Wednesday, December 1, 2010

The culture of crime

I sat in court this morning and watched a judge berate a father for spanking his 8-year-old kid with a belt.  The judge said, "I would never, ever consider hitting my child with a belt."  The father said back to the judge, "I'm trying to make my child into a good man, so he's not pulling up to a drive-through restaurant with a gun in his hand, asking for all the cash."
One of the most difficult things for me to deal with as a criminal defense attorney is the lack of cultural understanding within the system.  There are lots of reasons that our system is unjust, but this is one that is really hard for me.

The law is written by the representatives of the majority.  These are people who have to weigh was is good, what is bad, and how to govern society as a whole.  This is necessary and important work.  But the world that I'm from is a minority world.  The urban culture is a whole different culture, where survival is dependent on presenting an invincible image, where my safety depends on whether you're more afraid of me than I am of you.  The urban culture does not mesh well with the majority culture.  On so many levels, what is required of an urban person for survival is against the law.

Setting aside questions of morality (like whose culture is morally correct), this creates a situation where my clients can never win.  They will not survive their home life or their neighborhood walks without acting in one way.  But acting in that way sets them at odds with the law.  As a result, they face the attendant financial and social penalties that further separate them from the majority culture.

Going back to the father in my story, I wouldn't be surprised if the father is right, that the only way he can prevent his son from going criminal is to physically discipline his child.  In his culture, this is the only way to communicate discipline.  Is it ideal?  No.  Is it causing the child damage?  Maybe--I don't know because I wasn't there.  But the father's reaction may be the lesser of many evils that are possible.  I don't advocate for situational ethics.  But I do wish that there was some way that the father's perspective could be legitimized.  He has very real fears and concerns that society is not helping him to solve in a socially acceptable way.  So he's left with a domestic violence charge on his record, hundreds of dollars of court costs that he's unable to pay, and a criminal record for violence.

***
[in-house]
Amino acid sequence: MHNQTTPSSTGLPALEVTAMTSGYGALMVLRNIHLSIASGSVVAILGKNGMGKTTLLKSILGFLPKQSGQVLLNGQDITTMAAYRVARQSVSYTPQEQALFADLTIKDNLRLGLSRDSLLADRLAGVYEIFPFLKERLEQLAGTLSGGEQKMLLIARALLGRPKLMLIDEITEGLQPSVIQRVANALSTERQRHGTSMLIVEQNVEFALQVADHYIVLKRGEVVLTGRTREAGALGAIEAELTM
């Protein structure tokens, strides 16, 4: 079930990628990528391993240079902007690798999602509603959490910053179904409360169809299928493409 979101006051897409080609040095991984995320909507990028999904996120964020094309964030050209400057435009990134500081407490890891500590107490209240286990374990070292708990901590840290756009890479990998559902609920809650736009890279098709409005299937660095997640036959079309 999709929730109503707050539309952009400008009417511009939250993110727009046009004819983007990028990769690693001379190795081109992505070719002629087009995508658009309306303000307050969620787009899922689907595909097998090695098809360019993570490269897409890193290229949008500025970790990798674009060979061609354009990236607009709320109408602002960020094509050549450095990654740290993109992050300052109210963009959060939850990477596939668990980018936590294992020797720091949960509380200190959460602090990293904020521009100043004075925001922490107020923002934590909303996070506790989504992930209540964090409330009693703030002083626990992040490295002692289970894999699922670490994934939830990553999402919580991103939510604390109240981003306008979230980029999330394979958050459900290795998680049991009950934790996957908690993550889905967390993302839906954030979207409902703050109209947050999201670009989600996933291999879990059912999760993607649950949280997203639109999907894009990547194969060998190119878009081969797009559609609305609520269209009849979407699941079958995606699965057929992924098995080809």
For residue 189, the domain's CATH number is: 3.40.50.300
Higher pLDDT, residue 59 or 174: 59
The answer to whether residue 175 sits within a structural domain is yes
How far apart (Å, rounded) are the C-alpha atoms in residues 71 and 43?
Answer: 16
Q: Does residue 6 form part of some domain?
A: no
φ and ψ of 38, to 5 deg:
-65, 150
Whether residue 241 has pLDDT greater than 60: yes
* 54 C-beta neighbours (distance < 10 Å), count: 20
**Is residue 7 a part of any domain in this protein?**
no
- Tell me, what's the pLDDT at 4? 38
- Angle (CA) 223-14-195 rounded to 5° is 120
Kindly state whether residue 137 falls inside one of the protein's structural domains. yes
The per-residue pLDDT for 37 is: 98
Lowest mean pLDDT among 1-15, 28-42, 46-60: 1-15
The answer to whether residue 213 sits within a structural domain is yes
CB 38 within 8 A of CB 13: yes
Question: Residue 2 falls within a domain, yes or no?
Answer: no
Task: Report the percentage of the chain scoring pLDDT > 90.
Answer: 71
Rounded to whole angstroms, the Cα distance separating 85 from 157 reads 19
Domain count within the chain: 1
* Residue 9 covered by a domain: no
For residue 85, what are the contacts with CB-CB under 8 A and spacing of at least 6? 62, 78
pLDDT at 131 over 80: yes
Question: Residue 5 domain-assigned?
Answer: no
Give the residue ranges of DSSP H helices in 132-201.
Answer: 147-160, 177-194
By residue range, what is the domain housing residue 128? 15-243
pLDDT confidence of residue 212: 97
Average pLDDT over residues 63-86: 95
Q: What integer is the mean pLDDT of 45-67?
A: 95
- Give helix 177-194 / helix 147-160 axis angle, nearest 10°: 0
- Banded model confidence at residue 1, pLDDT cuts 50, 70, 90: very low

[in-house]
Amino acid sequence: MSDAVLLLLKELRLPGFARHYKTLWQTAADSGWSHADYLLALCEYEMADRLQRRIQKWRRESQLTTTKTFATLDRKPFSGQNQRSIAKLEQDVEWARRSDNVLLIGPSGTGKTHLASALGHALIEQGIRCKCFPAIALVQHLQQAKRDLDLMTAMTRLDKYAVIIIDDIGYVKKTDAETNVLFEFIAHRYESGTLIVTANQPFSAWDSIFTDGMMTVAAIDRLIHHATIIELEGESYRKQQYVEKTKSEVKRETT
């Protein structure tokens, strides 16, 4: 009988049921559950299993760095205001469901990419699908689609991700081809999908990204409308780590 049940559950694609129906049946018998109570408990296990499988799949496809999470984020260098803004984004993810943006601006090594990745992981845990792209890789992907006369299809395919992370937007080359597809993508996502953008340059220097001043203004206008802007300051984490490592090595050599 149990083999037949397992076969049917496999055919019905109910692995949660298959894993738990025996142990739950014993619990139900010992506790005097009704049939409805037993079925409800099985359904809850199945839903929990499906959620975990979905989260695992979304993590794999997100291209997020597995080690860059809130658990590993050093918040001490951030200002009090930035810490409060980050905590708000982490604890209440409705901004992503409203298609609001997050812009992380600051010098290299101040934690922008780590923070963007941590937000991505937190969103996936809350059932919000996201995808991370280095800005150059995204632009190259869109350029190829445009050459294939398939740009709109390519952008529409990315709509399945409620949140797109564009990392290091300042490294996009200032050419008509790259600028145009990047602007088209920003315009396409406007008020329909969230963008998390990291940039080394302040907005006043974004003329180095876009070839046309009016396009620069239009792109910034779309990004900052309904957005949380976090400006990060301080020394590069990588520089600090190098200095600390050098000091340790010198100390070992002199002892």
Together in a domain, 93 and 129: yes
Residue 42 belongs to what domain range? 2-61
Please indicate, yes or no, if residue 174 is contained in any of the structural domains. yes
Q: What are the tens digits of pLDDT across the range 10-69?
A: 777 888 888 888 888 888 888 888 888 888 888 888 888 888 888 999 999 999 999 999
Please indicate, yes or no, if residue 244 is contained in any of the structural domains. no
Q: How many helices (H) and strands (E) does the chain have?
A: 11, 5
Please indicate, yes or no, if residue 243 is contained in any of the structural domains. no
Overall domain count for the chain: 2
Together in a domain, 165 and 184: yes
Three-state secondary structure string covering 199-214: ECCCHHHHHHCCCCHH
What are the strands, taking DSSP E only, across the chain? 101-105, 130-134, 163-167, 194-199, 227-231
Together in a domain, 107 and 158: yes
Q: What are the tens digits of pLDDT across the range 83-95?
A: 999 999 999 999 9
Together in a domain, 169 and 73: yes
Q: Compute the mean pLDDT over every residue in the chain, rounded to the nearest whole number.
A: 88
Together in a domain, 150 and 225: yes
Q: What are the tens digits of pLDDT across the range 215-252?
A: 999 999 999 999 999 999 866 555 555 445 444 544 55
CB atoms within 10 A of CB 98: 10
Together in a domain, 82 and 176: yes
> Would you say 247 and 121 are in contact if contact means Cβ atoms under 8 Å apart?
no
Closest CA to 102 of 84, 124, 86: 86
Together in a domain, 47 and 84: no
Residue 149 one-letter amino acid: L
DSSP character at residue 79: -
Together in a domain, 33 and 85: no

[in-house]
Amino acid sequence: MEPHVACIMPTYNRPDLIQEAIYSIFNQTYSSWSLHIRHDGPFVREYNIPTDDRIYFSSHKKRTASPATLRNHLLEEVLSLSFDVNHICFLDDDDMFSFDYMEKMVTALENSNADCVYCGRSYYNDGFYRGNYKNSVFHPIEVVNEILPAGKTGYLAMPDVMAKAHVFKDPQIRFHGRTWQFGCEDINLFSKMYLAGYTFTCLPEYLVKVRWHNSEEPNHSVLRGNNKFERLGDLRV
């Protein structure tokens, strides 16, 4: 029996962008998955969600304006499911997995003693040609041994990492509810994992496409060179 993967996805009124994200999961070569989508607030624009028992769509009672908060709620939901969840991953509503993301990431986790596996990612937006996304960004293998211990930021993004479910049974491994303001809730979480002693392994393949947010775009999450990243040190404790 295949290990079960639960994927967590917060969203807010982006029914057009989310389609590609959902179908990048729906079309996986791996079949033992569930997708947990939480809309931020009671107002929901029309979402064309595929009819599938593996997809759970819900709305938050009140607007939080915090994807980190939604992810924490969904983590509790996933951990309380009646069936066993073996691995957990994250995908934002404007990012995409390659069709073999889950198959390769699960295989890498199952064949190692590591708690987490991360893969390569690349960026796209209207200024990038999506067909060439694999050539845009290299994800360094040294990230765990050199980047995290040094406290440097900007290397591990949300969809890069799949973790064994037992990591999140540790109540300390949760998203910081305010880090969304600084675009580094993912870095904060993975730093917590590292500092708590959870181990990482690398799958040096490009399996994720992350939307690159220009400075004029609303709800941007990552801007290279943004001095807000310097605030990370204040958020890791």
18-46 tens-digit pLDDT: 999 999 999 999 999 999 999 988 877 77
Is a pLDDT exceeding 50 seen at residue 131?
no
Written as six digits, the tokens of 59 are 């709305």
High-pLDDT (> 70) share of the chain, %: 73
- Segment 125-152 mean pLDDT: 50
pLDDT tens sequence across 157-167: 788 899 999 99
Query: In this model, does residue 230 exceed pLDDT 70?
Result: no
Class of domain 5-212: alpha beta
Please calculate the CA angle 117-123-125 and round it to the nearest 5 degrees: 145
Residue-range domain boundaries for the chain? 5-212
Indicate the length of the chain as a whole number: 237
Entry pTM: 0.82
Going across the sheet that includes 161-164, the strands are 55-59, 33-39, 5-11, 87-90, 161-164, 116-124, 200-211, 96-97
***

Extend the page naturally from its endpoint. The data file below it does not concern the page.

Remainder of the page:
Is this really justice?  I understand the need for rules and laws that govern societal behavior.  I understand the desire to protect children from abuse.  In fact, I'm a huge advocate for that in many arenas of my life.  But I do want to cry out against the perception that just because this is what the majority has deemed correct, the people who choose to do otherwise for their own good reasons are somehow different than "us".  He's just the same as everyone else.  Many times criminal behavior does not indicate that someone is a reprehensible or morally stunted person.

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